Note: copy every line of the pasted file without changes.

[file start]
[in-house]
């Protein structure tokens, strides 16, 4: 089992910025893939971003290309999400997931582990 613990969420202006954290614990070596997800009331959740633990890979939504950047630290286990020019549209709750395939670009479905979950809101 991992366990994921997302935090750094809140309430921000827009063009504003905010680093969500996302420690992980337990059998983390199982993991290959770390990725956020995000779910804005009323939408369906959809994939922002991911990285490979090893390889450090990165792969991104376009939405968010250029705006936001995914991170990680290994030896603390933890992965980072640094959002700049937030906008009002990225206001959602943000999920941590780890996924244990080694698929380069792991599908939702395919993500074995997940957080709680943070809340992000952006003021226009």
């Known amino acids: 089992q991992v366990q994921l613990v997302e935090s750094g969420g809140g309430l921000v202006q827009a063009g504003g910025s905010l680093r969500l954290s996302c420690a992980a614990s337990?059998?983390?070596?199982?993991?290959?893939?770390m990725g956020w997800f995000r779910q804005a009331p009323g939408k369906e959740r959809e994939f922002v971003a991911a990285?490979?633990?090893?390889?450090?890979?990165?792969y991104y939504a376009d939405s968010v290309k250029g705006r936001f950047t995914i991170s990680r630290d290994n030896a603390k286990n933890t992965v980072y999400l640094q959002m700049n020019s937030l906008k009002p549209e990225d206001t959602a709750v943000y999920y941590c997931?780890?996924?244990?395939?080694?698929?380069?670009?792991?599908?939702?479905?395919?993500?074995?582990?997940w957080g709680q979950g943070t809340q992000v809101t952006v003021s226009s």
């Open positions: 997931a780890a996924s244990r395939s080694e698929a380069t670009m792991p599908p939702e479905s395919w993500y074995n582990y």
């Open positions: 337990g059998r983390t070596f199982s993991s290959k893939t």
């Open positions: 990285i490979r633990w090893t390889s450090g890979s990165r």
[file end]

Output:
[in-house]
């Protein structure tokens, strides 16, 4: 089992910025893939971003290309999400997931582990 613990969420202006954290614990070596997800009331959740633990890979939504950047630290286990020019549209709750395939670009479905979950809101 991992366990994921997302935090750094809140309430921000827009063009504003905010680093969500996302420690992980337990059998983390199982993991290959770390990725956020995000779910804005009323939408369906959809994939922002991911990285490979090893390889450090990165792969991104376009939405968010250029705006936001995914991170990680290994030896603390933890992965980072640094959002700049937030906008009002990225206001959602943000999920941590780890996924244990080694698929380069792991599908939702395919993500074995997940957080709680943070809340992000952006003021226009």
């Known amino acids: 089992q991992v366990q994921l613990v997302e935090s750094g969420g809140g309430l921000v202006q827009a063009g504003g910025s905010l680093r969500l954290s996302c420690a992980a614990s337990?059998?983390?070596?199982?993991?290959?893939?770390m990725g956020w997800f995000r779910q804005a009331p009323g939408k369906e959740r959809e994939f922002v971003a991911a990285?490979?633990?090893?390889?450090?890979?990165?792969y991104y939504a376009d939405s968010v290309k250029g705006r936001f950047t995914i991170s990680r630290d290994n030896a603390k286990n933890t992965v980072y999400l640094q959002m700049n020019s937030l906008k009002p549209e990225d206001t959602a709750v943000y999920y941590c997931?780890?996924?244990?395939?080694?698929?380069?670009?792991?599908?939702?479905?395919?993500?074995?582990?997940w957080g709680q979950g943070t809340q992000v809101t952006v003021s226009s």
């Open positions: 997931a780890a996924s244990r395939s080694e698929a380069t670009m792991p599908p939702e479905s395919w993500y074995n582990y």
């Open positions: 337990g059998r983390t070596f199982s993991s290959k893939t």
């Open positions: 990285i490979r633990w090893t390889s450090g890979s990165r």